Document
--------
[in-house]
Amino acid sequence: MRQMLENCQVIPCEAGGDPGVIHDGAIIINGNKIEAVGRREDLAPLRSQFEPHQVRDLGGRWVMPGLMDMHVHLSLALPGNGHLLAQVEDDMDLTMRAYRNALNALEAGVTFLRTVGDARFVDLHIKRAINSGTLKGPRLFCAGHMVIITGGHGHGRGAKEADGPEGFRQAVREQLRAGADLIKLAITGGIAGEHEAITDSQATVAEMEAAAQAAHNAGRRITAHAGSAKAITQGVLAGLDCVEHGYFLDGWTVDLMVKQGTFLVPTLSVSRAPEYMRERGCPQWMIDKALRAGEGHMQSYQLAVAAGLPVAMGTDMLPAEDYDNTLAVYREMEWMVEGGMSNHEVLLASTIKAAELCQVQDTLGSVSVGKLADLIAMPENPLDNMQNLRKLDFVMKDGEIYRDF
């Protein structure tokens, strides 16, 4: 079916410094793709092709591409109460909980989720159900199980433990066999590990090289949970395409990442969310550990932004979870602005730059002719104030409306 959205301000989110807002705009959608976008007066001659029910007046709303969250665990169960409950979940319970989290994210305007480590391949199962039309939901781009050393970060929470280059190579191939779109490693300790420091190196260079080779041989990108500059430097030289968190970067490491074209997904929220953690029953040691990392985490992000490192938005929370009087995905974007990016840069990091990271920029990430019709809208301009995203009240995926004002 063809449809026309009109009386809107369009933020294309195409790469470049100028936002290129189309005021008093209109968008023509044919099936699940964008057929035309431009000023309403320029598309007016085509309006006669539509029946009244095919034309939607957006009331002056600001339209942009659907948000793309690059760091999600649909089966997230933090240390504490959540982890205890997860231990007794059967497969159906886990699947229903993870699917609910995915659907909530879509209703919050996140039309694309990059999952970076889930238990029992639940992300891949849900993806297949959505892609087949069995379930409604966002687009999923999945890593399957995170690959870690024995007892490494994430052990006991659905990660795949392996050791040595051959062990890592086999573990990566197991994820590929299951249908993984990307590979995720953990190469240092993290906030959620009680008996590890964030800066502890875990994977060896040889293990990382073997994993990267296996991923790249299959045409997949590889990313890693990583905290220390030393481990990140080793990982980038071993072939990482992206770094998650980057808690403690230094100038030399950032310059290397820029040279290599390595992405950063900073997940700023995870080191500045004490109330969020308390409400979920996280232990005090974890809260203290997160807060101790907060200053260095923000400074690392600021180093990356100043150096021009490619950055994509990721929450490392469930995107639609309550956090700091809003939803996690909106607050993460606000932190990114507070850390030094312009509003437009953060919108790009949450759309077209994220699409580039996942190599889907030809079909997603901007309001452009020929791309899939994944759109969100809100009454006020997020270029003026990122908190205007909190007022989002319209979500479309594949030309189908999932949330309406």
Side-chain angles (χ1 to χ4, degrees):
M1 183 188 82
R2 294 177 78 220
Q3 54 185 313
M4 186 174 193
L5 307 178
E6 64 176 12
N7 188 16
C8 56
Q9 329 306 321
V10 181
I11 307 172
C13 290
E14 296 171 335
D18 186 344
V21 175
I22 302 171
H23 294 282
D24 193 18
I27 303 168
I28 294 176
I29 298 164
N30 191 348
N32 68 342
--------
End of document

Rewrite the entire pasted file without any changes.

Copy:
[in-house]
Amino acid sequence: MRQMLENCQVIPCEAGGDPGVIHDGAIIINGNKIEAVGRREDLAPLRSQFEPHQVRDLGGRWVMPGLMDMHVHLSLALPGNGHLLAQVEDDMDLTMRAYRNALNALEAGVTFLRTVGDARFVDLHIKRAINSGTLKGPRLFCAGHMVIITGGHGHGRGAKEADGPEGFRQAVREQLRAGADLIKLAITGGIAGEHEAITDSQATVAEMEAAAQAAHNAGRRITAHAGSAKAITQGVLAGLDCVEHGYFLDGWTVDLMVKQGTFLVPTLSVSRAPEYMRERGCPQWMIDKALRAGEGHMQSYQLAVAAGLPVAMGTDMLPAEDYDNTLAVYREMEWMVEGGMSNHEVLLASTIKAAELCQVQDTLGSVSVGKLADLIAMPENPLDNMQNLRKLDFVMKDGEIYRDF
């Protein structure tokens, strides 16, 4: 079916410094793709092709591409109460909980989720159900199980433990066999590990090289949970395409990442969310550990932004979870602005730059002719104030409306 959205301000989110807002705009959608976008007066001659029910007046709303969250665990169960409950979940319970989290994210305007480590391949199962039309939901781009050393970060929470280059190579191939779109490693300790420091190196260079080779041989990108500059430097030289968190970067490491074209997904929220953690029953040691990392985490992000490192938005929370009087995905974007990016840069990091990271920029990430019709809208301009995203009240995926004002 063809449809026309009109009386809107369009933020294309195409790469470049100028936002290129189309005021008093209109968008023509044919099936699940964008057929035309431009000023309403320029598309007016085509309006006669539509029946009244095919034309939607957006009331002056600001339209942009659907948000793309690059760091999600649909089966997230933090240390504490959540982890205890997860231990007794059967497969159906886990699947229903993870699917609910995915659907909530879509209703919050996140039309694309990059999952970076889930238990029992639940992300891949849900993806297949959505892609087949069995379930409604966002687009999923999945890593399957995170690959870690024995007892490494994430052990006991659905990660795949392996050791040595051959062990890592086999573990990566197991994820590929299951249908993984990307590979995720953990190469240092993290906030959620009680008996590890964030800066502890875990994977060896040889293990990382073997994993990267296996991923790249299959045409997949590889990313890693990583905290220390030393481990990140080793990982980038071993072939990482992206770094998650980057808690403690230094100038030399950032310059290397820029040279290599390595992405950063900073997940700023995870080191500045004490109330969020308390409400979920996280232990005090974890809260203290997160807060101790907060200053260095923000400074690392600021180093990356100043150096021009490619950055994509990721929450490392469930995107639609309550956090700091809003939803996690909106607050993460606000932190990114507070850390030094312009509003437009953060919108790009949450759309077209994220699409580039996942190599889907030809079909997603901007309001452009020929791309899939994944759109969100809100009454006020997020270029003026990122908190205007909190007022989002319209979500479309594949030309189908999932949330309406």
Side-chain angles (χ1 to χ4, degrees):
M1 183 188 82
R2 294 177 78 220
Q3 54 185 313
M4 186 174 193
L5 307 178
E6 64 176 12
N7 188 16
C8 56
Q9 329 306 321
V10 181
I11 307 172
C13 290
E14 296 171 335
D18 186 344
V21 175
I22 302 171
H23 294 282
D24 193 18
I27 303 168
I28 294 176
I29 298 164
N30 191 348
N32 68 342